U.S. Senate Covers Our Butts

Almost by mistake, the Senate passed legislation Thursday that could greatly benefit the environment. By a margin of 79-17, Senators approved a bill that will allow the Food and Drug Administration to place substantial regulations on tobacco products. Most of the regulations are aimed at reducing the number of people who begin smoking at a young age by banning fruit-flavored cigarettes and cartoonish packaging and ads aimed at children. Such efforts would undoubtedly improve the nation’s collective health. But applying higher taxes and stricter rules to tobacco product sales could also clean up the stain cigarettes leave on the planet.

BUTTsOUT, an international organization dedicated to reducing the environmental impact of smoking, reports that 4.3 trillion cigarettes are disposed on the side of roads, in water sources, and in public parks every year. And cigarette butts, which take more than 25 years to decompose, account for more than 50 percent of all litter in most western countries. Growing tobacco contaminates water supplies, destroys soil, and consumes almost four miles of paper every hour during the factory rolling process.

This legislation is good news for the 440,000 smokers that cigarettes kill each year. And if it can clean up tobacco's environmental mess at the same time? We'll all breathe a little easier.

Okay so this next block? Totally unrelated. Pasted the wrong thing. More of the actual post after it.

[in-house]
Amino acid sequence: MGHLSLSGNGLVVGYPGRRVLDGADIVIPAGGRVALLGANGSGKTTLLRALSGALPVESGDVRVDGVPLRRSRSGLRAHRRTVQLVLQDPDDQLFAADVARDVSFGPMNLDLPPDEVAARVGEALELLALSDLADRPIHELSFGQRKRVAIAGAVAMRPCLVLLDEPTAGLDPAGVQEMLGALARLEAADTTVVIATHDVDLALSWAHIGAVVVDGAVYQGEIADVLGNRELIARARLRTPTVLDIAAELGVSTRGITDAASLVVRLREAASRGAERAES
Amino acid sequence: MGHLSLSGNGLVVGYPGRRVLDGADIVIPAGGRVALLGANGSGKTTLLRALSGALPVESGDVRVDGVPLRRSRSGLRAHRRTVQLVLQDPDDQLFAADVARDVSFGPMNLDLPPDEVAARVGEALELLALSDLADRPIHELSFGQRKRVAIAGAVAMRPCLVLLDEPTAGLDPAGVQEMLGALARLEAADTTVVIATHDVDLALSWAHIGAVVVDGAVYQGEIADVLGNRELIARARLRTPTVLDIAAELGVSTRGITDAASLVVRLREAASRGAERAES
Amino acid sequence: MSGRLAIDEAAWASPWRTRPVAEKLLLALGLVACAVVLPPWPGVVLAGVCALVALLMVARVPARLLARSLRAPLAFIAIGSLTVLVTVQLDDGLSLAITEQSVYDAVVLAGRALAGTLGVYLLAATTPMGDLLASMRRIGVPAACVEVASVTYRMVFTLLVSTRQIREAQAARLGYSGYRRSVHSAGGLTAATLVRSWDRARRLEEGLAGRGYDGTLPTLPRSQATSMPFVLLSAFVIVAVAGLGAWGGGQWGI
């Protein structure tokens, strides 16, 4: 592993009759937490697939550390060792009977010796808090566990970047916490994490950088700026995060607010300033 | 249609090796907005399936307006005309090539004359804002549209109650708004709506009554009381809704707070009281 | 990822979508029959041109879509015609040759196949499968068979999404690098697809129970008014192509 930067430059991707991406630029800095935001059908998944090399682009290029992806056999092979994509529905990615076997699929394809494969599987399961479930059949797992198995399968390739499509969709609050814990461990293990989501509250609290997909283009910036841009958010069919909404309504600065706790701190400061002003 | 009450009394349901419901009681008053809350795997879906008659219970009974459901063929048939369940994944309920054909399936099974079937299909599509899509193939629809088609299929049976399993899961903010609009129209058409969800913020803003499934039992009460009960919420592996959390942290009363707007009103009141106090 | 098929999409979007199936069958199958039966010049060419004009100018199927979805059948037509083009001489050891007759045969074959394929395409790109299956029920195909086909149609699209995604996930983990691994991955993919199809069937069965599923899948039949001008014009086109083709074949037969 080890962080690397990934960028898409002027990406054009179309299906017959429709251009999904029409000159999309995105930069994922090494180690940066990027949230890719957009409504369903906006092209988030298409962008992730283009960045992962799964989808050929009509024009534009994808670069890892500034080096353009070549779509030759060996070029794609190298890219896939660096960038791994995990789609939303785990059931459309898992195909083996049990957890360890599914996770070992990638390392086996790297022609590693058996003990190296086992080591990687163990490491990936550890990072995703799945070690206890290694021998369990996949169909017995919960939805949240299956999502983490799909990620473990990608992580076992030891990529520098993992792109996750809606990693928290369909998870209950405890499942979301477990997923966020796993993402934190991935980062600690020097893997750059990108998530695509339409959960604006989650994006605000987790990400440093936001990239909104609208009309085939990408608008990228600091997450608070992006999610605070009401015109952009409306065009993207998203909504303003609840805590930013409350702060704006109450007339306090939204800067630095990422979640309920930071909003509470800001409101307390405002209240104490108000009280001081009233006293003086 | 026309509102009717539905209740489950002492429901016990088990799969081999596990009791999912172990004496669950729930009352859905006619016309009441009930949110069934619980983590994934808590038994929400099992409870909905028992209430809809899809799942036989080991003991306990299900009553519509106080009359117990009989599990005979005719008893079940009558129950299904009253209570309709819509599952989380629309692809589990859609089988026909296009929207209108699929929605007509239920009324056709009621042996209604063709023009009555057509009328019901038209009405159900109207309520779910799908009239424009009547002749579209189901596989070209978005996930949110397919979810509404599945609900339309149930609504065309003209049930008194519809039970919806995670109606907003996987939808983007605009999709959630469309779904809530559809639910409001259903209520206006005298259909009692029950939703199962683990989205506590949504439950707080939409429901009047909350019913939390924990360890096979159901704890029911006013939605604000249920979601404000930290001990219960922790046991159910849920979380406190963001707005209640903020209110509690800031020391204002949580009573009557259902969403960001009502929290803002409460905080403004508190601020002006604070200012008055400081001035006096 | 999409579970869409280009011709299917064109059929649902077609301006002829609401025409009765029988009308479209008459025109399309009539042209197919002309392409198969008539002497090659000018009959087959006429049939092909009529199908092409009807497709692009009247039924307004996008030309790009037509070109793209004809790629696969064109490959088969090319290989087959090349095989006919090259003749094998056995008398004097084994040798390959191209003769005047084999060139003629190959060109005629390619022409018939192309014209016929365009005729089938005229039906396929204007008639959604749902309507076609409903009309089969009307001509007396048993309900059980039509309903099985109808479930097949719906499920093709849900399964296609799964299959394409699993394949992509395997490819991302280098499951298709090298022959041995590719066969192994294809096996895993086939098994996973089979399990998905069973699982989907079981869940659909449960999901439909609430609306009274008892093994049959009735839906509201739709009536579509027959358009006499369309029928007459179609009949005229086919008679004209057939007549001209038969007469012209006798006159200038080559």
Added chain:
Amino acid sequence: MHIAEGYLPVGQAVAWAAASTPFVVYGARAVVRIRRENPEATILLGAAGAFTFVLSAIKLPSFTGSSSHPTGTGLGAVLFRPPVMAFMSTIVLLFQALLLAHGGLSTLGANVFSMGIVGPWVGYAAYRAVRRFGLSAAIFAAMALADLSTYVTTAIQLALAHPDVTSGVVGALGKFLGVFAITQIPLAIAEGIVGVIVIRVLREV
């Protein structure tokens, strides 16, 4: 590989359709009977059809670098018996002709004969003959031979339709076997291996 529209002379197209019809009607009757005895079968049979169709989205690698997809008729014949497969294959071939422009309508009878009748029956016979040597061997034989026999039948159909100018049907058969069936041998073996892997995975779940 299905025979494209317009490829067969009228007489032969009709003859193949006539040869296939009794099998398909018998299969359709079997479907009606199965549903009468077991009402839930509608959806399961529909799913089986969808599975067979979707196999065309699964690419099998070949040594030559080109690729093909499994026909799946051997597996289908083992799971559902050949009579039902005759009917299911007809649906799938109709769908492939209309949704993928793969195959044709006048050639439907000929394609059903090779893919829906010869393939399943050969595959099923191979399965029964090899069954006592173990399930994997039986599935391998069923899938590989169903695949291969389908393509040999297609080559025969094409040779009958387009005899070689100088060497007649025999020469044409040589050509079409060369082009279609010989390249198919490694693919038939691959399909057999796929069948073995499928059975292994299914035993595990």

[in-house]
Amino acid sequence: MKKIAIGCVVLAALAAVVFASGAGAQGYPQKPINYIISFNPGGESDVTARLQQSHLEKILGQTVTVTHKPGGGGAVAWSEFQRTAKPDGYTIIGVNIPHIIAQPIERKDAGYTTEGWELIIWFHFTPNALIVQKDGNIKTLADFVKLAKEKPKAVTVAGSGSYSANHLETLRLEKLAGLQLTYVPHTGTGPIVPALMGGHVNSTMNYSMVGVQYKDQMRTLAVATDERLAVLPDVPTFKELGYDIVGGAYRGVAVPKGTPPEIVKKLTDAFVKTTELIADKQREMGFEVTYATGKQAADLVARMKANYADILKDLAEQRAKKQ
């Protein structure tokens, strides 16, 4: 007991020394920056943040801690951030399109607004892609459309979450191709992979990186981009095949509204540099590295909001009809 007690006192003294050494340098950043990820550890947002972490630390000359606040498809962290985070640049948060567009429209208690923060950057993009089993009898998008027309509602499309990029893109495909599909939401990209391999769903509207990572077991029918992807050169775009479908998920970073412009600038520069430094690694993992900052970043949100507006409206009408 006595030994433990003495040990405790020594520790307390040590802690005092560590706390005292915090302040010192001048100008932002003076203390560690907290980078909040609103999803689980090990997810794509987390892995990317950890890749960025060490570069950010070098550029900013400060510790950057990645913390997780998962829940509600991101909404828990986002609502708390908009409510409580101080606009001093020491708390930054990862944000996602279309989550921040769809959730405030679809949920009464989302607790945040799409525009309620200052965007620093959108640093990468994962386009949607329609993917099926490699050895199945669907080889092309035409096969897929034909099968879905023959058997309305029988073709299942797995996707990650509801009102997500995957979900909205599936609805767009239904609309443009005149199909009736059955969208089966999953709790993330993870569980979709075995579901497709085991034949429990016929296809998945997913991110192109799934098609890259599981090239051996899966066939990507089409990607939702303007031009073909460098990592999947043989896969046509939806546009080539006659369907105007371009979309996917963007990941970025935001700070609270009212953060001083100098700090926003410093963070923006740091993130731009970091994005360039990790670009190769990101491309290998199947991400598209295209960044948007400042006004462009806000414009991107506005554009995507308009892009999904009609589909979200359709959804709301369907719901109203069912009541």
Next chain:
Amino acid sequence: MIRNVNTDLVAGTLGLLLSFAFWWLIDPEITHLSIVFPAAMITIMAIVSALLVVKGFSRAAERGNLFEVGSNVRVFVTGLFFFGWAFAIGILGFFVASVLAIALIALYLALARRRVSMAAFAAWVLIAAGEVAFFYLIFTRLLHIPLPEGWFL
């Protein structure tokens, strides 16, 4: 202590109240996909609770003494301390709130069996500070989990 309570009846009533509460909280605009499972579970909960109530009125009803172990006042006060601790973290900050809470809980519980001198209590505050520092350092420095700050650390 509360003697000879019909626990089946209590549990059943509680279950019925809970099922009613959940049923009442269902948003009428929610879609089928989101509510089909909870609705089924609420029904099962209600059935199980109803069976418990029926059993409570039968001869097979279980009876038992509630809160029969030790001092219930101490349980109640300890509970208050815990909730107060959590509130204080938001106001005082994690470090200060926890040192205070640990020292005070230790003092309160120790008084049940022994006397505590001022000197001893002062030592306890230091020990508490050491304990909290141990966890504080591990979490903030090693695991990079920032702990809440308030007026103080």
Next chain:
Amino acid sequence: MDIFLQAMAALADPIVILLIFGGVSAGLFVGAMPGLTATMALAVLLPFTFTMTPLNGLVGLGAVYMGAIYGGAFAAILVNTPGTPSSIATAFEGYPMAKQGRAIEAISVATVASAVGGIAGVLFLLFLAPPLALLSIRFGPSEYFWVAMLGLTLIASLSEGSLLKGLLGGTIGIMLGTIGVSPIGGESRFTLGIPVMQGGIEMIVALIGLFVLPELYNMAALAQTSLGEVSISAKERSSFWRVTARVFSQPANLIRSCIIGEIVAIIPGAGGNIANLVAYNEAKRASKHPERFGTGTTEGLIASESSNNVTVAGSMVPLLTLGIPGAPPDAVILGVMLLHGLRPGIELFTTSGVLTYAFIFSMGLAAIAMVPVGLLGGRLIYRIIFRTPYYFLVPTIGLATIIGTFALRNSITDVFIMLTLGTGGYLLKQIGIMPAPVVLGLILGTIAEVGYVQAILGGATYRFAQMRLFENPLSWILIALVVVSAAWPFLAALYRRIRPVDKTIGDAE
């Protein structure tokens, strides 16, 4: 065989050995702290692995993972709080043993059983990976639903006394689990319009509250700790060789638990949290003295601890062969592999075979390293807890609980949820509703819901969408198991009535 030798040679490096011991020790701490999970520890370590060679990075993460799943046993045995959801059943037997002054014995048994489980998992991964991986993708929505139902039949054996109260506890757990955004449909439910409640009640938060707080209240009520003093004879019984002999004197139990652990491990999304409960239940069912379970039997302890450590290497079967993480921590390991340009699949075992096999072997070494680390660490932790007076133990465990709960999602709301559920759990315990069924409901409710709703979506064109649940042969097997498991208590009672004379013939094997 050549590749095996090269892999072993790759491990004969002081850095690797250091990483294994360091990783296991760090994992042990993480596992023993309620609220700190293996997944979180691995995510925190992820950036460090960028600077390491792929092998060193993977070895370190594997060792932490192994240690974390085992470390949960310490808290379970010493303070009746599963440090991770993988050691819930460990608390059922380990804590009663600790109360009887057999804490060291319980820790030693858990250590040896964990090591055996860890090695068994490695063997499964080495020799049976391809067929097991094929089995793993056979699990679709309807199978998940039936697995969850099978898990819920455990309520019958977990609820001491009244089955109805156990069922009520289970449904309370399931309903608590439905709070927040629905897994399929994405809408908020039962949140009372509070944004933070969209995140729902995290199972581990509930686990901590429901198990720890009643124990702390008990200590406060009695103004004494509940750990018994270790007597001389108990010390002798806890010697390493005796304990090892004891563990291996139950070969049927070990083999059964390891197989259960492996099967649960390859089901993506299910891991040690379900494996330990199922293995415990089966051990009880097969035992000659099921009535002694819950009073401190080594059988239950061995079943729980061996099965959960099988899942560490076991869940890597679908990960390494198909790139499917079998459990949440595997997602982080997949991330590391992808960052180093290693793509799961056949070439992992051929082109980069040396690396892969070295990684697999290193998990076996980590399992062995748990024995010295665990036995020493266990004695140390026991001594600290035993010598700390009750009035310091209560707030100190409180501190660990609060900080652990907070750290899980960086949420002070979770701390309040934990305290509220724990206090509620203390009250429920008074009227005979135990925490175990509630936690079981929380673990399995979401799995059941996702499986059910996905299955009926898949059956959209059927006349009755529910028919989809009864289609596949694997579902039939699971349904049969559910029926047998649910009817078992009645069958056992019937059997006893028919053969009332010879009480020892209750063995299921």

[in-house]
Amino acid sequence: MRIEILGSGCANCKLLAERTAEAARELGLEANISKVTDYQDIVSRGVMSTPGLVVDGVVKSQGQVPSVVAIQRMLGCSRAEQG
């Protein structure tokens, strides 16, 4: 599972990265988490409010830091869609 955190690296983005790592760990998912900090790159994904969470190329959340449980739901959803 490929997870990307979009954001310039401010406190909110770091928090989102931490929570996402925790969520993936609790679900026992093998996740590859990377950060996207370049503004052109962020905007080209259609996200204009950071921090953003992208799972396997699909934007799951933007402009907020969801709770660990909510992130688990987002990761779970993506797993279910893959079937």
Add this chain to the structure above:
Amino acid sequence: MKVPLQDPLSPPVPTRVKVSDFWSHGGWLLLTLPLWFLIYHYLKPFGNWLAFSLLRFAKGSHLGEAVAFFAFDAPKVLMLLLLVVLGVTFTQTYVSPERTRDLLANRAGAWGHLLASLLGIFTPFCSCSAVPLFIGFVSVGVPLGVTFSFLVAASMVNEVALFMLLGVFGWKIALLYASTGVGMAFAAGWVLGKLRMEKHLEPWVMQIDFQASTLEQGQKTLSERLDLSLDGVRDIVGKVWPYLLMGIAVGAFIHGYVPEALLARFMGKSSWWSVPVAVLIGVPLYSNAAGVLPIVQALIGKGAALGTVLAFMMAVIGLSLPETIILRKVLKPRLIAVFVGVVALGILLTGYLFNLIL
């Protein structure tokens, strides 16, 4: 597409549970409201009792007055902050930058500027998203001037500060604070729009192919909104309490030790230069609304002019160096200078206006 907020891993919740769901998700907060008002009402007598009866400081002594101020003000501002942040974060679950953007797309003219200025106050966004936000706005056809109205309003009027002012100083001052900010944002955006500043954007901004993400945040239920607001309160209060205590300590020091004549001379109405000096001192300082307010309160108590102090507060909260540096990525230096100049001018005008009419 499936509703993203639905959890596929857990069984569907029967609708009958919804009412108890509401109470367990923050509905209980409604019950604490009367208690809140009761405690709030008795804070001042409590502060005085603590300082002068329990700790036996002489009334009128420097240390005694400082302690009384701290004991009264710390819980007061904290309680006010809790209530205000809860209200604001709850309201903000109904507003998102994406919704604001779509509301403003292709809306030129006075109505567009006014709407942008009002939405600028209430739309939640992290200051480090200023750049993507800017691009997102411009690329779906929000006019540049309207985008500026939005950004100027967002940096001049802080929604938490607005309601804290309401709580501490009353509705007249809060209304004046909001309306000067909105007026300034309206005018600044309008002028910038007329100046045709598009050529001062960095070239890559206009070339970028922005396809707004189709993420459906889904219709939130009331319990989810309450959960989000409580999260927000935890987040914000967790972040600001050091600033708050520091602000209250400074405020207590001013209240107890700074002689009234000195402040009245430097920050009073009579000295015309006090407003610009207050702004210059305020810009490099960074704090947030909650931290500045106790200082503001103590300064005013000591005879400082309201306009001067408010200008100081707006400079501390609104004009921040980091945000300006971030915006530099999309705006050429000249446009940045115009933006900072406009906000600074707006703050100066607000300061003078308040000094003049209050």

Life & Death Simulations

First, check out this vivid simulation of the ugly synergy between population growth and C02 emissions. It's called Breathing Earth and it simulates realtime births outpacing deaths as carbon dioxide emissions spew at ~1,000-tons a second.

Too bad we can't turn Breathing Earth into the default screensaver on all new computers. Maybe: from screensaver to worldsaver.

Another interesting simulation, this one published in an upcoming PNAS, describes how Earth's 1-billion-year lifespan can be more than doubled by adjusting atmospheric pressure.

[Simply put: the only reason we can't breath easily atop Mount Everest is not because there's less oxygen in the air. In fact there's the same amount of oxygen at 29,000 feet as there is as at sea level. What's different is a greatly reduced atmospheric pressure that causes oxygen molecules to be dispersed over a much greater volume of space.]

Well, about a billion years from now, believe it or not, greenhouse Earth will fail. Ever-increasing radiation from our aging sun will heat Earth to the point where atmospheric C02—the kickstarter for plants that turn inorganic sunlight into organic life—will have been pulled out of the air by weathering rocks. Oceans will evaporate. The atmosphere will burn away. All life will disappear.

But Caltech researchers propose a solution: Reduce the total pressure of the atmosphere itself by removing massive amounts of molecular nitrogen.

Nitrogen is the mostly nonreactive gas comprising 78 percent of the atmosphere. Removing a bunch of it would regulate surface temperatures and allow C02 to stay alive in the atmosphere and support life for an additional 1.3 billion years.